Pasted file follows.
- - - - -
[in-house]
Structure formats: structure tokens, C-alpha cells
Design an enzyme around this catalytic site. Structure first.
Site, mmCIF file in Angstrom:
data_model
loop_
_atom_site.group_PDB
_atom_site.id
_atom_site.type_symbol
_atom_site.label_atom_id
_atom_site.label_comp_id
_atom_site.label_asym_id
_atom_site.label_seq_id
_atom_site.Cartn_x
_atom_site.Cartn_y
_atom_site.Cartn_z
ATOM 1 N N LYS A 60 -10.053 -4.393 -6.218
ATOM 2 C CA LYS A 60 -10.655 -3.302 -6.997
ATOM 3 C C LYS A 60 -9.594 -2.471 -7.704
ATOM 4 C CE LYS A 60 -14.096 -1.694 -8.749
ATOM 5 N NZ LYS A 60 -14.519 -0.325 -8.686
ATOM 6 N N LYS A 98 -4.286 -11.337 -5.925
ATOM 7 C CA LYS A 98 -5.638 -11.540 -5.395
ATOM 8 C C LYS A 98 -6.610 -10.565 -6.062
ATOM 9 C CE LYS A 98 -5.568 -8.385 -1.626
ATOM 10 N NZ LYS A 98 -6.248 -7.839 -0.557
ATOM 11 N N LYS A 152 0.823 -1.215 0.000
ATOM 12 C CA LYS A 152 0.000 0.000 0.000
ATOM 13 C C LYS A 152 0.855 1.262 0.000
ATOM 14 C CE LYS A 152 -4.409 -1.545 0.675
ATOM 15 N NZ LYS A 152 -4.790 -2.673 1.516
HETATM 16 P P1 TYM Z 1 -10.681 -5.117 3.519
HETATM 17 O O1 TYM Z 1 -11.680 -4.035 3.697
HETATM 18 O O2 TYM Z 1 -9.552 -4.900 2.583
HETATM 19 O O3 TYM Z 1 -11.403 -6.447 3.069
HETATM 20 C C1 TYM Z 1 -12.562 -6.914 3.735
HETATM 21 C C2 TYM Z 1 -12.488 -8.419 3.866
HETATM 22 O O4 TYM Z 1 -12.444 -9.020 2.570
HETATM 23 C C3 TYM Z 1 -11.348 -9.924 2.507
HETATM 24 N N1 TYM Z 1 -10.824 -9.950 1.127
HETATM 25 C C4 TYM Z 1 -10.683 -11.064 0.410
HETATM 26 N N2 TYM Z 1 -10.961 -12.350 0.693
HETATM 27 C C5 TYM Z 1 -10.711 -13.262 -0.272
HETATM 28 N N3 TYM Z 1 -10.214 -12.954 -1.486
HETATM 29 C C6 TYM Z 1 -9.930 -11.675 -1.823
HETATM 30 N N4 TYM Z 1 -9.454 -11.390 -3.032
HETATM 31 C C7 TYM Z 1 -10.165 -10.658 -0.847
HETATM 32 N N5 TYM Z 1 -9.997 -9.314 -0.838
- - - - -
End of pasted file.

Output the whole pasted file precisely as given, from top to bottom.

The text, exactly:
[in-house]
Structure formats: structure tokens, C-alpha cells
Design an enzyme around this catalytic site. Structure first.
Site, mmCIF file in Angstrom:
data_model
loop_
_atom_site.group_PDB
_atom_site.id
_atom_site.type_symbol
_atom_site.label_atom_id
_atom_site.label_comp_id
_atom_site.label_asym_id
_atom_site.label_seq_id
_atom_site.Cartn_x
_atom_site.Cartn_y
_atom_site.Cartn_z
ATOM 1 N N LYS A 60 -10.053 -4.393 -6.218
ATOM 2 C CA LYS A 60 -10.655 -3.302 -6.997
ATOM 3 C C LYS A 60 -9.594 -2.471 -7.704
ATOM 4 C CE LYS A 60 -14.096 -1.694 -8.749
ATOM 5 N NZ LYS A 60 -14.519 -0.325 -8.686
ATOM 6 N N LYS A 98 -4.286 -11.337 -5.925
ATOM 7 C CA LYS A 98 -5.638 -11.540 -5.395
ATOM 8 C C LYS A 98 -6.610 -10.565 -6.062
ATOM 9 C CE LYS A 98 -5.568 -8.385 -1.626
ATOM 10 N NZ LYS A 98 -6.248 -7.839 -0.557
ATOM 11 N N LYS A 152 0.823 -1.215 0.000
ATOM 12 C CA LYS A 152 0.000 0.000 0.000
ATOM 13 C C LYS A 152 0.855 1.262 0.000
ATOM 14 C CE LYS A 152 -4.409 -1.545 0.675
ATOM 15 N NZ LYS A 152 -4.790 -2.673 1.516
HETATM 16 P P1 TYM Z 1 -10.681 -5.117 3.519
HETATM 17 O O1 TYM Z 1 -11.680 -4.035 3.697
HETATM 18 O O2 TYM Z 1 -9.552 -4.900 2.583
HETATM 19 O O3 TYM Z 1 -11.403 -6.447 3.069
HETATM 20 C C1 TYM Z 1 -12.562 -6.914 3.735
HETATM 21 C C2 TYM Z 1 -12.488 -8.419 3.866
HETATM 22 O O4 TYM Z 1 -12.444 -9.020 2.570
HETATM 23 C C3 TYM Z 1 -11.348 -9.924 2.507
HETATM 24 N N1 TYM Z 1 -10.824 -9.950 1.127
HETATM 25 C C4 TYM Z 1 -10.683 -11.064 0.410
HETATM 26 N N2 TYM Z 1 -10.961 -12.350 0.693
HETATM 27 C C5 TYM Z 1 -10.711 -13.262 -0.272
HETATM 28 N N3 TYM Z 1 -10.214 -12.954 -1.486
HETATM 29 C C6 TYM Z 1 -9.930 -11.675 -1.823
HETATM 30 N N4 TYM Z 1 -9.454 -11.390 -3.032
HETATM 31 C C7 TYM Z 1 -10.165 -10.658 -0.847
HETATM 32 N N5 TYM Z 1 -9.997 -9.314 -0.838